Eastern Meadowlark

Sturnella magna

Order

PASSERIFORMES

Family

Blackbirds (Icteridae)

Code 4

EAME

Code 6

STUMAG

ITIS

Egg Color:

Pale pink with brown and lavender speckles



Number of Eggs:

3 - 7



Incubation Days:

13 - 14



Egg Incubator:

Both sexes



Nest Location:

On ground.



Nest Material:

Dried grasses, pine needles, horsehair, and plant stems.



Migration:

Northern birds migrate



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General

Eastern Meadowlark: Short, stocky ground-dwelling bird with buff- and black-streaked, brown upperparts. Head has black-and-white striped crown, white face, black eyestripe and a sharply pointed bill. Throat to belly is bright yellow with broad black V on breast. Tail is brown with white edges and undertail coverts. Sexes are similar. Juvenile is paler yellow with black spots on underparts.

Range and Habitat

Eastern Meadowlark: Breeds from southeastern Canada through eastern U.S. west to Arizona; resident in the Bahamas and Mexico. Spends winters mostly within breeding range. Preferred habitats include pastures, meadows, grassy fields, prairies, open country, and country roadsides. Often seen singing from fence posts or utility wires.

Breeding and Nesting

Eastern Meadowlark: Three to seven pale pink eggs with brown and lavender spots are laid in a nest made of dried grass, pine needles, horsehair, and plant stems; nest is domed-shaped with a side entrance and built on the ground in a meadow, crop field, or weedy orchard. Incubation ranges from 13 to 14 days and is carried out by both parents.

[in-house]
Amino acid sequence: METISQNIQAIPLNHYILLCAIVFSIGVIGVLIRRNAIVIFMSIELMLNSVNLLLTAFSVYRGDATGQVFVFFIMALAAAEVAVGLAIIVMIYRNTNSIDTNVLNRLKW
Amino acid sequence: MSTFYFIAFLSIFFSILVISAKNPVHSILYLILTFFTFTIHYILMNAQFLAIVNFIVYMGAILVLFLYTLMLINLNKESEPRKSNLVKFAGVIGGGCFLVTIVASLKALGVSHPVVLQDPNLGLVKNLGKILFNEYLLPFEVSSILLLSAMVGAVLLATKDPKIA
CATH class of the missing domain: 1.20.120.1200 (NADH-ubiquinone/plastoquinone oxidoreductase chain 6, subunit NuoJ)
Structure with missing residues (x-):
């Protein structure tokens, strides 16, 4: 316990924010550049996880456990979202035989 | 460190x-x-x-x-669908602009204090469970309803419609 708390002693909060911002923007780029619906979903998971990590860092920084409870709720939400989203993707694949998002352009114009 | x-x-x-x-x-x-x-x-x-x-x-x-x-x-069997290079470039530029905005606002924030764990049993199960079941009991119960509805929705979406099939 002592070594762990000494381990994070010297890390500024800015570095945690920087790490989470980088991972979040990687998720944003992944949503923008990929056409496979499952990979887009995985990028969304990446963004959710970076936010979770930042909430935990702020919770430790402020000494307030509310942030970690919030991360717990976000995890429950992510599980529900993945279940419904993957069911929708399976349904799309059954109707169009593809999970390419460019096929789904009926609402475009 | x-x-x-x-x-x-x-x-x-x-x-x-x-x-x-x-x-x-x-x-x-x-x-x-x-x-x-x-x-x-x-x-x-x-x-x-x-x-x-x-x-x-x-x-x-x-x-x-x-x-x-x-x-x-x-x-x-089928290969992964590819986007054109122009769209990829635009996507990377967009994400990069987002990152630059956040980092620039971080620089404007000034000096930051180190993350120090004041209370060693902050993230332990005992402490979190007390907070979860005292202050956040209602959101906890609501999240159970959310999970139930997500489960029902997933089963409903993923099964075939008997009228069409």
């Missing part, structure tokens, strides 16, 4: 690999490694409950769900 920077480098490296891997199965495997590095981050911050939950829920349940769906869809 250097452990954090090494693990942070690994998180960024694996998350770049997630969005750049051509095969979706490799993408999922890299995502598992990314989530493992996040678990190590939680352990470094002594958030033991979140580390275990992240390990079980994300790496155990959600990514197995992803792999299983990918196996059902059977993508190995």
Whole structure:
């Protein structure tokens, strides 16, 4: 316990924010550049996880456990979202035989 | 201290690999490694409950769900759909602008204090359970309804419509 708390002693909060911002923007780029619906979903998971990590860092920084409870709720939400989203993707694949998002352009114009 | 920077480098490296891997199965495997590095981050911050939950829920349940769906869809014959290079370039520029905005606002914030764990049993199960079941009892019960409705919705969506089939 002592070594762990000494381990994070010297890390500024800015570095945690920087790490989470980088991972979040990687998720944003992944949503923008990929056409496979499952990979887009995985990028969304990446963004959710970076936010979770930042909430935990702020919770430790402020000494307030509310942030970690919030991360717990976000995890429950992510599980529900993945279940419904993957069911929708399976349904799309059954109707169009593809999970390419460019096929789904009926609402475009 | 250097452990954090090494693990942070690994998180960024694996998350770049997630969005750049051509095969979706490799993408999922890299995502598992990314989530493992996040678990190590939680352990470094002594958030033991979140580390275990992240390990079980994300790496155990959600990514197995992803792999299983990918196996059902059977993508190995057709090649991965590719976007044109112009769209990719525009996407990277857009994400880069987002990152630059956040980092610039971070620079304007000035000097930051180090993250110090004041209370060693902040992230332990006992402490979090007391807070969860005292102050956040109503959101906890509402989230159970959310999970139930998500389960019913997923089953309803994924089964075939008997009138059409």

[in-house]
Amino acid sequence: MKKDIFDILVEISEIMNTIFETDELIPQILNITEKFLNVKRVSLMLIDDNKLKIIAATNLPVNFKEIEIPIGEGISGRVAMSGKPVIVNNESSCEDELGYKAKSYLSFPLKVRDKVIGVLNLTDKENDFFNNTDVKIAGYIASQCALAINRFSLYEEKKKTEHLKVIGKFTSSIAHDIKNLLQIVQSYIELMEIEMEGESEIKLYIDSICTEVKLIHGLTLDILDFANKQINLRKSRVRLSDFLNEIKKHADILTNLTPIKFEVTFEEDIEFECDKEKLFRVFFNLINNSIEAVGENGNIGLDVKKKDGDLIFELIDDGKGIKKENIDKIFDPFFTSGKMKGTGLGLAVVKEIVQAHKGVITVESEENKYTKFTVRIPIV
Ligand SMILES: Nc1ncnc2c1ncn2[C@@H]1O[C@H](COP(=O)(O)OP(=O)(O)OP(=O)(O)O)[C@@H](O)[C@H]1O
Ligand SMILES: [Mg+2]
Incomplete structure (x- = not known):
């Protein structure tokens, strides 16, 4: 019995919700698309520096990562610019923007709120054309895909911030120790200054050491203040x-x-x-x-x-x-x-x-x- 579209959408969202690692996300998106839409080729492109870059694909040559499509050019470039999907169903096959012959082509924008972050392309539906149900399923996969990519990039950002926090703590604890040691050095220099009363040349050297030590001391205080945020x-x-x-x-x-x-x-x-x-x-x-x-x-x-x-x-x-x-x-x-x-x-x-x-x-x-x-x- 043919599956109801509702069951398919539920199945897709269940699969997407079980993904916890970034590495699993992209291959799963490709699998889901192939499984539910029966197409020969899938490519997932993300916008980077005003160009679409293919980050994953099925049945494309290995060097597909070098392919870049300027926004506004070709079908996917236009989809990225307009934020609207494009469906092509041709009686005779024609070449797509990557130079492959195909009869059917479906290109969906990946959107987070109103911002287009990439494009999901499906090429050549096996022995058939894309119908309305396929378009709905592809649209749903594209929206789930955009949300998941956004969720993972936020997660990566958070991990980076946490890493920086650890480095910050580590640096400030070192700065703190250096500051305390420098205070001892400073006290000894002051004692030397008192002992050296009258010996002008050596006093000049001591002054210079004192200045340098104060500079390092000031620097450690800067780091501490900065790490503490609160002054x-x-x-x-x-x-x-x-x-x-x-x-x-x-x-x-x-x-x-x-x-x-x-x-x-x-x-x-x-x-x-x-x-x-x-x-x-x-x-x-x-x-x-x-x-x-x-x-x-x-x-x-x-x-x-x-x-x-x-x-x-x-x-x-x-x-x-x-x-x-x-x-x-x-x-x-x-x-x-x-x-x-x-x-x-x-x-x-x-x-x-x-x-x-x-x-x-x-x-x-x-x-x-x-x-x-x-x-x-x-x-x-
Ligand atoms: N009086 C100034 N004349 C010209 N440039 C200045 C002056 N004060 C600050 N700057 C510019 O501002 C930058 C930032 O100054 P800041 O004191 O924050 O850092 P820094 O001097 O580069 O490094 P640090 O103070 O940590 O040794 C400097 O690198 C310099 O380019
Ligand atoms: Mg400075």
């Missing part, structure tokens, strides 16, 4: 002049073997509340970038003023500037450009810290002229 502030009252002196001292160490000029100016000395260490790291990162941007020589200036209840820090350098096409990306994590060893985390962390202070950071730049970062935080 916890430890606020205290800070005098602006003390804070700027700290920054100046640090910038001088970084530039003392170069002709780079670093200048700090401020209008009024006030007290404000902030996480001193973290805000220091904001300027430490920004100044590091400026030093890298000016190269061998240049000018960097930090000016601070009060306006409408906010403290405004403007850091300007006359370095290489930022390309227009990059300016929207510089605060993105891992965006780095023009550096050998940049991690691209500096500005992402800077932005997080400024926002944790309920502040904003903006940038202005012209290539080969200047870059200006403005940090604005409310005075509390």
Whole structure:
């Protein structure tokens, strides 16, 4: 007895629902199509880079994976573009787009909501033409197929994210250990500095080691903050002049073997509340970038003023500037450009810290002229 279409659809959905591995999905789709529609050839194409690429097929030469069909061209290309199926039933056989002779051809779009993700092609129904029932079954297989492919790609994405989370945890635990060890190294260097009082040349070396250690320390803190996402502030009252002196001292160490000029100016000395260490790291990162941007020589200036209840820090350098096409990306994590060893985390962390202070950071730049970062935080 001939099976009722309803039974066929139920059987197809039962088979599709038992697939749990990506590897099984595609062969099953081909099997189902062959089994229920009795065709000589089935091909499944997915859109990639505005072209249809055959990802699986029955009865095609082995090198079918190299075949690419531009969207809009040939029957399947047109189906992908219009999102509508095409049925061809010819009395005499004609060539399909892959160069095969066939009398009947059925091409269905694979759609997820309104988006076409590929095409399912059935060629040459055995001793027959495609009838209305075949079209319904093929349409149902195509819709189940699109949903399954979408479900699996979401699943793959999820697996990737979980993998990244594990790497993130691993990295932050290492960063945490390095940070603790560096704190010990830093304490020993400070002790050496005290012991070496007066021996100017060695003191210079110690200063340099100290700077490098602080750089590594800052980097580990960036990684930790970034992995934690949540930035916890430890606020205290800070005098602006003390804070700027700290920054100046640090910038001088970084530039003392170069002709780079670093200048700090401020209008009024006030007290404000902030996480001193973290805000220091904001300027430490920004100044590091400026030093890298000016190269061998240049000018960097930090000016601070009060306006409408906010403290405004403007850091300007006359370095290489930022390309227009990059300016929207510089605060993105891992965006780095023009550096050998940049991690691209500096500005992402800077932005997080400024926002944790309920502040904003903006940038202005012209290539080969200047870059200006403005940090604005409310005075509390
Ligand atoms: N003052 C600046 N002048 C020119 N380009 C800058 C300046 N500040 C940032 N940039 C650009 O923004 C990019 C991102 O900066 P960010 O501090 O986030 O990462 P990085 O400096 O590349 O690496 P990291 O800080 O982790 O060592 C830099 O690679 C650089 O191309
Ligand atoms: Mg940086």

Foraging and Feeding

Eastern Meadowlark: Feeds mostly on insects and other invertebrates; also eats seeds and berries. Forages on the ground; finds food by gaping (forcibly opening bill) in soil or in plant stalks to expose hidden prey.

Vocalization

Eastern Meadowlark: Song is a whistling "see-you-see-yer" or "spring is here" which it sings while perched on a fence post, tree, pole, or on the ground. Also utters harsh alarming notes to proclaim territory.

Similar Species

Eastern Meadowlark: Western Meadowlark is duller, has yellow throat extending slightly farther onto face, and different voice.

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UnderpartsX

Belly, undertail coverts, chest, flanks, and foreneck.

Undertail covertsX
Small feathers that cover the areas where the retrices (tail feathers) attach to the rump.
UpperpartsX
Back, rump, hindneck, wings, and crown.
BellyX
The ventral part of the bird, or the area between the flanks on each side and the crissum and breast. Flight muscles are located between the belly and the breast.
BreastX
The upper front part of a bird.
CrownX
The crown is the top part of the birds head.
FaceX
The front part of the head consisting of the bill, eyes, cheeks and chin.
Parts of a Standing bird X
Head Feathers and Markings X
Parts of a Flying bird X